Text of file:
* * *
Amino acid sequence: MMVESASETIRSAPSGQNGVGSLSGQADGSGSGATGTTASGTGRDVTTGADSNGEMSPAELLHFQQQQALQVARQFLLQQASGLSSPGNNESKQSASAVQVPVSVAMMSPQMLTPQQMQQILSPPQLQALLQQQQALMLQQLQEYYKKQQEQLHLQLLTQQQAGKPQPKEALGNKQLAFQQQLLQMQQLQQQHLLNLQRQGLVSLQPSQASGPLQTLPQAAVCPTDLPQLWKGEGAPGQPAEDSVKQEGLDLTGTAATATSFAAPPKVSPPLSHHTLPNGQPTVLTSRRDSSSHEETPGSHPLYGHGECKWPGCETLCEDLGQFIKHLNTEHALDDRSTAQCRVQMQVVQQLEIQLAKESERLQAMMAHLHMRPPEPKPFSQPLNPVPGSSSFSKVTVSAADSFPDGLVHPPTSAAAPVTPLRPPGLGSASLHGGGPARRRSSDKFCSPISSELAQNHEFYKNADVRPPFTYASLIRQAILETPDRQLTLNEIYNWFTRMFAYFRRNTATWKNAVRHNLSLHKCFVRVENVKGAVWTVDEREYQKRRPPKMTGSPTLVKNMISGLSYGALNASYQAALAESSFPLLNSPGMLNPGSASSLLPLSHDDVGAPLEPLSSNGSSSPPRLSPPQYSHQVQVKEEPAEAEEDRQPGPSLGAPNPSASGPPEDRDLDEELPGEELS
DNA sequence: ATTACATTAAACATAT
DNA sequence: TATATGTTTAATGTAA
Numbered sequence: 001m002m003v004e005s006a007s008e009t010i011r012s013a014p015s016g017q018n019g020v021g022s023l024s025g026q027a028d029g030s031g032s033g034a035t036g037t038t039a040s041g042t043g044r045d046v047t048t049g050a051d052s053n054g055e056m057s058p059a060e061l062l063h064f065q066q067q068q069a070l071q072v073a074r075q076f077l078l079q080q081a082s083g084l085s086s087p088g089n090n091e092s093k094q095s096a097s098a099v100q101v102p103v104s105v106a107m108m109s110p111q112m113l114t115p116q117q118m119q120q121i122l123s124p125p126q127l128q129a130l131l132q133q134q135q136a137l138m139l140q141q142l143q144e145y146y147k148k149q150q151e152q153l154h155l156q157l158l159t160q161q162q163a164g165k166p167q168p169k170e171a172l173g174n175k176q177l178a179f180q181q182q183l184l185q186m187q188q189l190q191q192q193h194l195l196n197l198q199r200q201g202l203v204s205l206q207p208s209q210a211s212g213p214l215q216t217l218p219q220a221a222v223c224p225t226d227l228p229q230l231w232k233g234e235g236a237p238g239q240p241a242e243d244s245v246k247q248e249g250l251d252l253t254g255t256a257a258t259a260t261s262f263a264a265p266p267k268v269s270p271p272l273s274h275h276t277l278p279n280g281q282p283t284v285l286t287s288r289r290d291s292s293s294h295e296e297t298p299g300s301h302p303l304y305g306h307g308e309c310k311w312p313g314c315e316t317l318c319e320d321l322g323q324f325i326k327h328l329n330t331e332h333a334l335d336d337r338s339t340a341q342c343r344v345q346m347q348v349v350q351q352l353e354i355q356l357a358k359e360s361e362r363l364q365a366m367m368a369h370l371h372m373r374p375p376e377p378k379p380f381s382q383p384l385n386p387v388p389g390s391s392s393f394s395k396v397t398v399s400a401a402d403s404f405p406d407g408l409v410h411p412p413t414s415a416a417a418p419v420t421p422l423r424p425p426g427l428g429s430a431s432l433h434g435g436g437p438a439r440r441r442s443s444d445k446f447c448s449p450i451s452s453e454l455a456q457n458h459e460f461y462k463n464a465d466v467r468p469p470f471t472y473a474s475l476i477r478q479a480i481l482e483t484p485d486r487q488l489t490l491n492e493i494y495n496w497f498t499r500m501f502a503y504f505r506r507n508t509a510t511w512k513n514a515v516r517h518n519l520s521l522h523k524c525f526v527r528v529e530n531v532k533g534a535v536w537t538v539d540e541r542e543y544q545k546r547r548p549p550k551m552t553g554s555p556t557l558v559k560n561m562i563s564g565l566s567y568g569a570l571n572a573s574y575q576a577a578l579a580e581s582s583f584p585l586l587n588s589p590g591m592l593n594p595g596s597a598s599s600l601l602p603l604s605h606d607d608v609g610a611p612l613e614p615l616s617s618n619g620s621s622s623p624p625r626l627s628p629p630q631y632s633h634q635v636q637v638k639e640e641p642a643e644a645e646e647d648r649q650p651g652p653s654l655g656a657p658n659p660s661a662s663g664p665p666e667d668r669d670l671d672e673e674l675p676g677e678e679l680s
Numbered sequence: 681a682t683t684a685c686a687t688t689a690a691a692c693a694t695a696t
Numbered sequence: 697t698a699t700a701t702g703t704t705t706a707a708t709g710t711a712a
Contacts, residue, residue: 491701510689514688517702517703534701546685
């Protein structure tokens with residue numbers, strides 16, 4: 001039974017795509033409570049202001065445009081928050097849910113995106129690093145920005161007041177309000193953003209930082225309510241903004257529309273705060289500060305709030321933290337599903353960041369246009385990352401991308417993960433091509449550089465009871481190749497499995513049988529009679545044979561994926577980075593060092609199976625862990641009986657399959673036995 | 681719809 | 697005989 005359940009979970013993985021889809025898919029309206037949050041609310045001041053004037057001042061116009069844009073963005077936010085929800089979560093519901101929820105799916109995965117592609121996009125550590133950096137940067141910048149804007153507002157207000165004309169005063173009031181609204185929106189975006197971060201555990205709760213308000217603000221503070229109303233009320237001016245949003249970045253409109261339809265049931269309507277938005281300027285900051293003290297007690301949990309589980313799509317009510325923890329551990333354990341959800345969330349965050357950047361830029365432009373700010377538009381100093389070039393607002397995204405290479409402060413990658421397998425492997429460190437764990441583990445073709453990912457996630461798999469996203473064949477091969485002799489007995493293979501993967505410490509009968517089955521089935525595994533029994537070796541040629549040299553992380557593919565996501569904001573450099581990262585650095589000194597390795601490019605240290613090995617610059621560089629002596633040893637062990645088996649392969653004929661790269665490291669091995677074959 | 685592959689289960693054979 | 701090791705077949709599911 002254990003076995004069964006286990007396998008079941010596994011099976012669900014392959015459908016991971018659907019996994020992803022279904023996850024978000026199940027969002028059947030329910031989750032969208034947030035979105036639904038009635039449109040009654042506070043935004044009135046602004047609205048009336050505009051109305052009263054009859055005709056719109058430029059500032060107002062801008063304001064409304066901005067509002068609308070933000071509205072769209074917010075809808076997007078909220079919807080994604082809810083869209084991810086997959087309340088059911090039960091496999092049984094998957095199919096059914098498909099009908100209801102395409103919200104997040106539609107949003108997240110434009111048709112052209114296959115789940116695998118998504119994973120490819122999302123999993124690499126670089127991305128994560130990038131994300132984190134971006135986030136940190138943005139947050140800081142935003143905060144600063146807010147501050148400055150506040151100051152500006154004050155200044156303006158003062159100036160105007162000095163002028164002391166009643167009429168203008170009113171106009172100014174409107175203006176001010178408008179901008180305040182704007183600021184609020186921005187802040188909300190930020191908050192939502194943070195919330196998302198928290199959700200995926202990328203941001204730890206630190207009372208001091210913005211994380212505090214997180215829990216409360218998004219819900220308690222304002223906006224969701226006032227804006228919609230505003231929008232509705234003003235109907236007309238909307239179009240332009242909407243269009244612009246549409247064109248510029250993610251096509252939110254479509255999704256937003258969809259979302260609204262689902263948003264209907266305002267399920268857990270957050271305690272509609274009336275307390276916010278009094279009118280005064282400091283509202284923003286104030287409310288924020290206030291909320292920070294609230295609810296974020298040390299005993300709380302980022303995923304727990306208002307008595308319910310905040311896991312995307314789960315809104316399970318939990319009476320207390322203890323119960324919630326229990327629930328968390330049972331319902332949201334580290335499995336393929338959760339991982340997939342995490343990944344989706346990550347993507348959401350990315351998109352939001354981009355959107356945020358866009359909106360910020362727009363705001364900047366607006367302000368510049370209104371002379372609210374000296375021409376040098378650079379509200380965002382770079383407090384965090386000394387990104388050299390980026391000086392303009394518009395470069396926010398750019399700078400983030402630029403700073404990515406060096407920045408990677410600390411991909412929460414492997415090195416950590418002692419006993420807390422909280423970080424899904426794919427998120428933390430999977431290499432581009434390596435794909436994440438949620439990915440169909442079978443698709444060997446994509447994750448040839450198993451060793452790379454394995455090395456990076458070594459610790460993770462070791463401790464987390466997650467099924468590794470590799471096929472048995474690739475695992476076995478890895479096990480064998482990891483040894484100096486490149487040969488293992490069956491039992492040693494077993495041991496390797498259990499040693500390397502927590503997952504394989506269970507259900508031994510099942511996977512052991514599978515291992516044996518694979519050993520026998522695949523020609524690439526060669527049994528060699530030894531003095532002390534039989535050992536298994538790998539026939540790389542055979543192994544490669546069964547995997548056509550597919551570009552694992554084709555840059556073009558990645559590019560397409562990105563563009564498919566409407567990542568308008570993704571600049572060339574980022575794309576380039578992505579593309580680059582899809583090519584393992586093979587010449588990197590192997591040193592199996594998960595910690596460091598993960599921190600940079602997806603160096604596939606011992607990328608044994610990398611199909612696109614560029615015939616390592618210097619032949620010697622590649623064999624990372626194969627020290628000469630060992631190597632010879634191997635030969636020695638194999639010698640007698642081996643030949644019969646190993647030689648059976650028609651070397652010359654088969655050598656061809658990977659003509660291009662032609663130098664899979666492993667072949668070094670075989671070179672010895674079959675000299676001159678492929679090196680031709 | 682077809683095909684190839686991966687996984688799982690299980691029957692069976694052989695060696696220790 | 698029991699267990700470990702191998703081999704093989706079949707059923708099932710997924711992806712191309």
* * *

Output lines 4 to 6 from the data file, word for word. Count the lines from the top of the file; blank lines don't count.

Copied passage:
Numbered sequence: 001m002m003v004e005s006a007s008e009t010i011r012s013a014p015s016g017q018n019g020v021g022s023l024s025g026q027a028d029g030s031g032s033g034a035t036g037t038t039a040s041g042t043g044r045d046v047t048t049g050a051d052s053n054g055e056m057s058p059a060e061l062l063h064f065q066q067q068q069a070l071q072v073a074r075q076f077l078l079q080q081a082s083g084l085s086s087p088g089n090n091e092s093k094q095s096a097s098a099v100q101v102p103v104s105v106a107m108m109s110p111q112m113l114t115p116q117q118m119q120q121i122l123s124p125p126q127l128q129a130l131l132q133q134q135q136a137l138m139l140q141q142l143q144e145y146y147k148k149q150q151e152q153l154h155l156q157l158l159t160q161q162q163a164g165k166p167q168p169k170e171a172l173g174n175k176q177l178a179f180q181q182q183l184l185q186m187q188q189l190q191q192q193h194l195l196n197l198q199r200q201g202l203v204s205l206q207p208s209q210a211s212g213p214l215q216t217l218p219q220a221a222v223c224p225t226d227l228p229q230l231w232k233g234e235g236a237p238g239q240p241a242e243d244s245v246k247q248e249g250l251d252l253t254g255t256a257a258t259a260t261s262f263a264a265p266p267k268v269s270p271p272l273s274h275h276t277l278p279n280g281q282p283t284v285l286t287s288r289r290d291s292s293s294h295e296e297t298p299g300s301h302p303l304y305g306h307g308e309c310k311w312p313g314c315e316t317l318c319e320d321l322g323q324f325i326k327h328l329n330t331e332h333a334l335d336d337r338s339t340a341q342c343r344v345q346m347q348v349v350q351q352l353e354i355q356l357a358k359e360s361e362r363l364q365a366m367m368a369h370l371h372m373r374p375p376e377p378k379p380f381s382q383p384l385n386p387v388p389g390s391s392s393f394s395k396v397t398v399s400a401a402d403s404f405p406d407g408l409v410h411p412p413t414s415a416a417a418p419v420t421p422l423r424p425p426g427l428g429s430a431s432l433h434g435g436g437p438a439r440r441r442s443s444d445k446f447c448s449p450i451s452s453e454l455a456q457n458h459e460f461y462k463n464a465d466v467r468p469p470f471t472y473a474s475l476i477r478q479a480i481l482e483t484p485d486r487q488l489t490l491n492e493i494y495n496w497f498t499r500m501f502a503y504f505r506r507n508t509a510t511w512k513n514a515v516r517h518n519l520s521l522h523k524c525f526v527r528v529e530n531v532k533g534a535v536w537t538v539d540e541r542e543y544q545k546r547r548p549p550k551m552t553g554s555p556t557l558v559k560n561m562i563s564g565l566s567y568g569a570l571n572a573s574y575q576a577a578l579a580e581s582s583f584p585l586l587n588s589p590g591m592l593n594p595g596s597a598s599s600l601l602p603l604s605h606d607d608v609g610a611p612l613e614p615l616s617s618n619g620s621s622s623p624p625r626l627s628p629p630q631y632s633h634q635v636q637v638k639e640e641p642a643e644a645e646e647d648r649q650p651g652p653s654l655g656a657p658n659p660s661a662s663g664p665p666e667d668r669d670l671d672e673e674l675p676g677e678e679l680s
Numbered sequence: 681a682t683t684a685c686a687t688t689a690a691a692c693a694t695a696t
Numbered sequence: 697t698a699t700a701t702g703t704t705t706a707a708t709g710t711a712a